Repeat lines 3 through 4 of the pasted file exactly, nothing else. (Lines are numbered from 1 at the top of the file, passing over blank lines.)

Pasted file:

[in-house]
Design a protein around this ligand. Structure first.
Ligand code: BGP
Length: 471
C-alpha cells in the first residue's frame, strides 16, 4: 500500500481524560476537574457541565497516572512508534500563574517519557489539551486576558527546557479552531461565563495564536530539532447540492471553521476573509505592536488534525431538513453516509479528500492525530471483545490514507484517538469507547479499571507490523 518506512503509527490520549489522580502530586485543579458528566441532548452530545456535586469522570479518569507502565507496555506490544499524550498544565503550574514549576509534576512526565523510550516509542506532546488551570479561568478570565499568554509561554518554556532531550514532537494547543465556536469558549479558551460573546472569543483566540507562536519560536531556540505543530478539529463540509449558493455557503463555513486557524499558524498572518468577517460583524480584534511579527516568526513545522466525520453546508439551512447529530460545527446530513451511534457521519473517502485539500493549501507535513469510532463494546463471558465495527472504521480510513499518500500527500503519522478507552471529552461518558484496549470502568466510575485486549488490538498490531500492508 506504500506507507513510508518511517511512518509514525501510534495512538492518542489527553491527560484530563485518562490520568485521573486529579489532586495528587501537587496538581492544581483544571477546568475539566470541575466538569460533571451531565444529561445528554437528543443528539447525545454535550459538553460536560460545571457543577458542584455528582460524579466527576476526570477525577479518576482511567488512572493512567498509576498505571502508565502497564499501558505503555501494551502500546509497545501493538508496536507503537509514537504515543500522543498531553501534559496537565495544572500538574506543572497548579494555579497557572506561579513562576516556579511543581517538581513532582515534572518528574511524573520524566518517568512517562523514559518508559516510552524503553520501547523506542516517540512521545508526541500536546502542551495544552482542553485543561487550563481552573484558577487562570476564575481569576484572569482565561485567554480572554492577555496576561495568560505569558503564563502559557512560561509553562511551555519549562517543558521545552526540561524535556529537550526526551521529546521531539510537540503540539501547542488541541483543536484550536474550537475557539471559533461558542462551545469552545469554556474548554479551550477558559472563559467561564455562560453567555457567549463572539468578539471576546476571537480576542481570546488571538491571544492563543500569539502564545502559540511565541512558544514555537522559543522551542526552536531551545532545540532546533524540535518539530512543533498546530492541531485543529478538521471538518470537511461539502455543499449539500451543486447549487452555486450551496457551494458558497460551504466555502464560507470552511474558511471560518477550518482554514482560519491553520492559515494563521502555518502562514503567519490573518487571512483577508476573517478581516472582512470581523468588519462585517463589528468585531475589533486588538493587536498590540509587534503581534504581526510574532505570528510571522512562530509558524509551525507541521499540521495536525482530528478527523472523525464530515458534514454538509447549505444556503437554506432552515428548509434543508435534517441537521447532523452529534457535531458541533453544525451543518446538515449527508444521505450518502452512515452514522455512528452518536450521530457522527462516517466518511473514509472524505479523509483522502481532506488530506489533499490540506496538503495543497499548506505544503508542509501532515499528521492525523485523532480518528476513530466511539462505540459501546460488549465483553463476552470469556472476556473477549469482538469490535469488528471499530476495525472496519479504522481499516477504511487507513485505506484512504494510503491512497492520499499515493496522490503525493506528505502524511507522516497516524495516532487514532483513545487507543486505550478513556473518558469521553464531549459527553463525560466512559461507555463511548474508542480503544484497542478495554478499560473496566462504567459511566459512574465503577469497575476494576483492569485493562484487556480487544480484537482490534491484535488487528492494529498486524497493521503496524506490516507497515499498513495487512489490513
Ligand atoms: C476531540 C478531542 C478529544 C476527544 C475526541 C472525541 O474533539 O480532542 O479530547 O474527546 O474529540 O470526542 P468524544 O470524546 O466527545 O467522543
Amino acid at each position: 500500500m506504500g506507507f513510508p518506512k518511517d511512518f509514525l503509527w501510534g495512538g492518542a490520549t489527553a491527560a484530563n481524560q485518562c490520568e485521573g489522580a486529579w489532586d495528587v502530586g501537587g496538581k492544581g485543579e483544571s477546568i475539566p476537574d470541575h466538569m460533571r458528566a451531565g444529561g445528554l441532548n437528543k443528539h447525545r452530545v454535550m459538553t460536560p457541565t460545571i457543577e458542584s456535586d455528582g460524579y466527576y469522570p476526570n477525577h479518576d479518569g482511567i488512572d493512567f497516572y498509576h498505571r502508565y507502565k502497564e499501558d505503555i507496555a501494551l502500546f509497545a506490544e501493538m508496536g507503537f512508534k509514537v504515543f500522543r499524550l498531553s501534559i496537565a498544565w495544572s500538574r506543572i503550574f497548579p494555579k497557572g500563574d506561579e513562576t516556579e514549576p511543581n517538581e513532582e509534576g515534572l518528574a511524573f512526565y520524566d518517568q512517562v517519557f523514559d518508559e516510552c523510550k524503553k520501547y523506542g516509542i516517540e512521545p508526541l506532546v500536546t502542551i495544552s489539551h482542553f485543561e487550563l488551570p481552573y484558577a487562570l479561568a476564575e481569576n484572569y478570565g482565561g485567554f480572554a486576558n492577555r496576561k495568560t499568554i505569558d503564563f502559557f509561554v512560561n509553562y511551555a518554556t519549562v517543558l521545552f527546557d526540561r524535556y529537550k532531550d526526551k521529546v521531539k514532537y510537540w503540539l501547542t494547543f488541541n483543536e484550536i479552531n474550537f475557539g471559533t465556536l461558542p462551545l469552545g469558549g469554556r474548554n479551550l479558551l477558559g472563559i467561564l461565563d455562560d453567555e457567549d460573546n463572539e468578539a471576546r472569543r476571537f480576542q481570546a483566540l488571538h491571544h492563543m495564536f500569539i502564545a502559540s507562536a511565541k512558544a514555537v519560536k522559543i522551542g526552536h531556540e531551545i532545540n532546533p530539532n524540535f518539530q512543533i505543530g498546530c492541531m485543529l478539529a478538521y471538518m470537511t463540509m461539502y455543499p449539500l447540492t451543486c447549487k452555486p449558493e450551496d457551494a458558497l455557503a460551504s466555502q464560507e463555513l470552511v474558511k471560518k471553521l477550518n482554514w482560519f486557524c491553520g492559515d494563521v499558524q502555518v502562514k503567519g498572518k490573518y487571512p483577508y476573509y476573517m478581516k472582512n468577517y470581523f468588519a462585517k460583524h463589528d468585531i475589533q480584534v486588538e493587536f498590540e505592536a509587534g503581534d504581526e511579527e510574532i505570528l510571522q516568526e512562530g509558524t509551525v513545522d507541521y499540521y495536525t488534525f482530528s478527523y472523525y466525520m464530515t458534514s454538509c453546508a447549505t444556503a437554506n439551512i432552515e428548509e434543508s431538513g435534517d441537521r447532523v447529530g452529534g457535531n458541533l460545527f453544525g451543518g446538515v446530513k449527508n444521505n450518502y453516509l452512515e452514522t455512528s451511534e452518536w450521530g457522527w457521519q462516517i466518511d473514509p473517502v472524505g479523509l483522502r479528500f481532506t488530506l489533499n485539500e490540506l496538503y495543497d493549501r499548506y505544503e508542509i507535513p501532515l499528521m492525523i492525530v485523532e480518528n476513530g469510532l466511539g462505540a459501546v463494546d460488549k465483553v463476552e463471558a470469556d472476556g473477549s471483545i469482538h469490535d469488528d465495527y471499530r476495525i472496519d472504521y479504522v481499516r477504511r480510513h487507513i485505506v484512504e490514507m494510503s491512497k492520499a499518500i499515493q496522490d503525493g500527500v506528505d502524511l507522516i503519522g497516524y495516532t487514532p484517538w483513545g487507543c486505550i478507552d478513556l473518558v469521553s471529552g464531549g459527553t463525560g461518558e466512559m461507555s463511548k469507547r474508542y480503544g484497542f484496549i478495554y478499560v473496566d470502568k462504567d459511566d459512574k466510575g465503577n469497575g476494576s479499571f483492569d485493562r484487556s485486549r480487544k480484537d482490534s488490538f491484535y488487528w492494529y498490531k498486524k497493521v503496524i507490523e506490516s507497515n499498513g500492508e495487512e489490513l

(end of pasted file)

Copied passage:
Ligand code: BGP
Length: 471